Red Iceberg Lettuce
60 days. Okay, so iceberg’s got a bad rap – yes, we grew up eating it shrink wrapped and all. But ya gotta admit, the iceberg crunch is unbeatable. This Red Iceberg rated at the top in combined texture and flavor in our hot summer lettuce trial of 2016 with no bitterness. It is one of Mike’s favorites. In our trials, it formed a loose head of super crunchy, juicy, refreshing leaves that helped us kick the summer heat. Leaves are red-green and beautiful. Be sure to pick it before it bolts (flowers) or it will become bitter. WGS[[end tab]] [[start tab]]
Growing Instructions (for USDA Zone 5b):
In general, lettuce prefers cool weather and will bolt (flower) earlier in hot weather. For early head lettuce, start seeds indoors 3/1 at 68° (cover flat with a dome and expose seeds to light). Sow lettuce seeds outside anytime between 3/27 – 6/30. You can try to sow lettuce seeds 7/1-8/1 but lettuce seeds will not germinate when the soil temperature is over 80° - try covering seeds with row cover fabric to keep them cool and moist. Lettuce seeds need light to germinate - plant seeds on the surface of the soil and pat gently with a hand. Keep seeds constantly moist until germination. Days to germination: 2-14 days. Space head lettuce 10” apart. For baby lettuce broadcast sow seeds.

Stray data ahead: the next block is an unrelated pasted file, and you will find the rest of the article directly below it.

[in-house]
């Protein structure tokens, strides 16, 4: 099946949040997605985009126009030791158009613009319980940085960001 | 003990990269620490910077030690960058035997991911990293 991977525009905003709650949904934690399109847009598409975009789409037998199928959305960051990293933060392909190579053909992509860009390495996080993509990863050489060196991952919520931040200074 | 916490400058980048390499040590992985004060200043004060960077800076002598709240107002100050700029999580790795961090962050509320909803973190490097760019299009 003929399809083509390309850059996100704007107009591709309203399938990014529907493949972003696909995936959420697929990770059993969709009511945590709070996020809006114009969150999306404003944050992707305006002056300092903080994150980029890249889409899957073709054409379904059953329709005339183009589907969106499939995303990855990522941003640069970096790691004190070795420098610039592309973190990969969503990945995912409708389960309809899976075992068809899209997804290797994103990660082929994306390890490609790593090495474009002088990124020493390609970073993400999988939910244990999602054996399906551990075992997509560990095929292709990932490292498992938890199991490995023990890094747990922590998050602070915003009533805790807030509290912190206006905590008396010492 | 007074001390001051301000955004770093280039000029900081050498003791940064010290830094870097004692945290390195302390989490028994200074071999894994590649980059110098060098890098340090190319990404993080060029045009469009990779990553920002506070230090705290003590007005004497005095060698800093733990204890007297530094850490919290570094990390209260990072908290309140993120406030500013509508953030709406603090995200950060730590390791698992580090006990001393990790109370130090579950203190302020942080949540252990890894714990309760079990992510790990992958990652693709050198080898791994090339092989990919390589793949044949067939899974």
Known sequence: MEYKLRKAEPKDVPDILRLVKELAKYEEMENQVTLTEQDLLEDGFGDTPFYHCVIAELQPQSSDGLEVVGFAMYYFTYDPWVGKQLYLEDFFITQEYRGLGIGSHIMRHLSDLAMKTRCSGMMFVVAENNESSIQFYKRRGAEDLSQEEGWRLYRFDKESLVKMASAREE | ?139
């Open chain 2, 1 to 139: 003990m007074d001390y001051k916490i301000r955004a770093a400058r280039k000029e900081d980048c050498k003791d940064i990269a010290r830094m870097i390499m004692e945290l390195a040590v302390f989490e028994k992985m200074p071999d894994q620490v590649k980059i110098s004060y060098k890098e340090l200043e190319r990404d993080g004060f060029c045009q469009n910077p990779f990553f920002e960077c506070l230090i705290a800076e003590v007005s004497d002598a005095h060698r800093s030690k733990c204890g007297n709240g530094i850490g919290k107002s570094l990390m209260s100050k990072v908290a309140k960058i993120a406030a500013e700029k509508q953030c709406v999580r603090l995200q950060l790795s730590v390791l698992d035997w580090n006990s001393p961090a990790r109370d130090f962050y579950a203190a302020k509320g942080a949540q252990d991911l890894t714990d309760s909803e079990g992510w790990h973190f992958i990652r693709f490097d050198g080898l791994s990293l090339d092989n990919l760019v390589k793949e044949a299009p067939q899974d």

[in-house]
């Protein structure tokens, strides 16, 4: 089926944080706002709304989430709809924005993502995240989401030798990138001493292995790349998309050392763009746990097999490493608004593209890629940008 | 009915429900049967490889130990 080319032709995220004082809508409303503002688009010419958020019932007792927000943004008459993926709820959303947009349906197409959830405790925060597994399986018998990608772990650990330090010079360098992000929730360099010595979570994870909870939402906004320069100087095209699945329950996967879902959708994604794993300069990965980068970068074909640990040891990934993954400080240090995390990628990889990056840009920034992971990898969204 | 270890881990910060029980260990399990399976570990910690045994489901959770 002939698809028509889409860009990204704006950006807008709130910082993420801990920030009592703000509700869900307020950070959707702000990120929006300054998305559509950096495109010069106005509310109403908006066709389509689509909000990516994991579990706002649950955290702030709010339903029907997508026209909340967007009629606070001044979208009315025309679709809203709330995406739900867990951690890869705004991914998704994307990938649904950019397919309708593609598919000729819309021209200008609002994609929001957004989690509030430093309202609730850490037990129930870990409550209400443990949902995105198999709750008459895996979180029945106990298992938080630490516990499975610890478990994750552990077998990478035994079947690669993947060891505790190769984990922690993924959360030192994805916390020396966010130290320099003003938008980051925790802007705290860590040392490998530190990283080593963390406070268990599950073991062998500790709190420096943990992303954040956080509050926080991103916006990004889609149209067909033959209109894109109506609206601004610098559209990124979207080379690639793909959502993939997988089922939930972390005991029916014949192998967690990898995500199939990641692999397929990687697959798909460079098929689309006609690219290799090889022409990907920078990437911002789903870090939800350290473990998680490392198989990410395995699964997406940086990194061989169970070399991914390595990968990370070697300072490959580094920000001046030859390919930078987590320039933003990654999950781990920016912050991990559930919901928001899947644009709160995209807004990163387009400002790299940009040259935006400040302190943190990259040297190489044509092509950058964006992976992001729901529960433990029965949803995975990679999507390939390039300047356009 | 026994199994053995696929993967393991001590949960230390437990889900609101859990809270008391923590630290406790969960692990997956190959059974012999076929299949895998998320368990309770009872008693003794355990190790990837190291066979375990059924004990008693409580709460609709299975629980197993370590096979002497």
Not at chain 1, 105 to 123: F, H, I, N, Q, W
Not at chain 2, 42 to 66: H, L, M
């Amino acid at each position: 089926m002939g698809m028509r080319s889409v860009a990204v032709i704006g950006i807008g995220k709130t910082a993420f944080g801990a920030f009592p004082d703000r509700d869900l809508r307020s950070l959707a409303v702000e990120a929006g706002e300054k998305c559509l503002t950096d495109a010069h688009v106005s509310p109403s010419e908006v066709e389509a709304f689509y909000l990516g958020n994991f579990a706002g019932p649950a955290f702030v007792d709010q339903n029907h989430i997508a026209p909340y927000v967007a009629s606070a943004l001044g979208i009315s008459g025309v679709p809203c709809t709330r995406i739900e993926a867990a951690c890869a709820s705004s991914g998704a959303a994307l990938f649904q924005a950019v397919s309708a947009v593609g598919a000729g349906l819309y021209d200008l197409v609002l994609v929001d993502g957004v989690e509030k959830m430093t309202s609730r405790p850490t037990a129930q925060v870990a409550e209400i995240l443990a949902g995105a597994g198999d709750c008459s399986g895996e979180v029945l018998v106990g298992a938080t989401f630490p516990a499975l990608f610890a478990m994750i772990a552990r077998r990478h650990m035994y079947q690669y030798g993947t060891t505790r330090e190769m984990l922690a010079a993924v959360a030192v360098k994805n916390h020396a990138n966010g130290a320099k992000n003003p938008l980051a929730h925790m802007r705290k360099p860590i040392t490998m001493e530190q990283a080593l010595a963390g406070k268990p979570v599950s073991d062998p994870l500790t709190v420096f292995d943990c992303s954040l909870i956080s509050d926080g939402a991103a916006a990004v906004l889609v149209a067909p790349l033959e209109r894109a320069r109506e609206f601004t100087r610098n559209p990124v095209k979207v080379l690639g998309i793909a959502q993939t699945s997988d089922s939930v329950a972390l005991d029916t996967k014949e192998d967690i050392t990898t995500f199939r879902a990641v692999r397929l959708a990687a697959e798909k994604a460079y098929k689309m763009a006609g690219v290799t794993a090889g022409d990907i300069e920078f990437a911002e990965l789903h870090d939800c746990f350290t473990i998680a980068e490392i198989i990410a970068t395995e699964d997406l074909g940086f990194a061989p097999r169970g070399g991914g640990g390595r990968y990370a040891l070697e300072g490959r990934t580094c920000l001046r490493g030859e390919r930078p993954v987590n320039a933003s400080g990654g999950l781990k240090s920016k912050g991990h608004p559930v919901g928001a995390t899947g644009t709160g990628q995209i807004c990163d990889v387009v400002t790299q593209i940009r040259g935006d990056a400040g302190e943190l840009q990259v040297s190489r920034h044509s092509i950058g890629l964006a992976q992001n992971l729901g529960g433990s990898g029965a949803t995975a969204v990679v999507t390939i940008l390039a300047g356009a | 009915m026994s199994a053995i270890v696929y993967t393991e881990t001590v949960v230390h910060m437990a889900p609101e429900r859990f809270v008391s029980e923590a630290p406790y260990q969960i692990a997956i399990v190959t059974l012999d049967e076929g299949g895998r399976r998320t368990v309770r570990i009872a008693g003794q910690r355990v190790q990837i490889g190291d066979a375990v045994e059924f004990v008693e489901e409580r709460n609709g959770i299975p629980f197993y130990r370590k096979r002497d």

For the full crunch, harvest heads with a knife as they form a full size loose head but before they begin to bolt.
Seed Saving Instructions (for gardeners):
Lettuce is mostly self-pollinated and rarely crosses with other lettuces. Isolation distance: 12’. Minimum population size: 5-10 plants. Remove early bolting plants. If lettuce stems fall over, stake them. Harvest lettuce seeds as they begin to mature (they will form dandelion like white plumes on them). Harvest seeds by tapping stems to shake seeds into a bucket. It is best to harvest lettuce seed after several days of dry weather. Harvest seeds over several weeks.[[end tab]]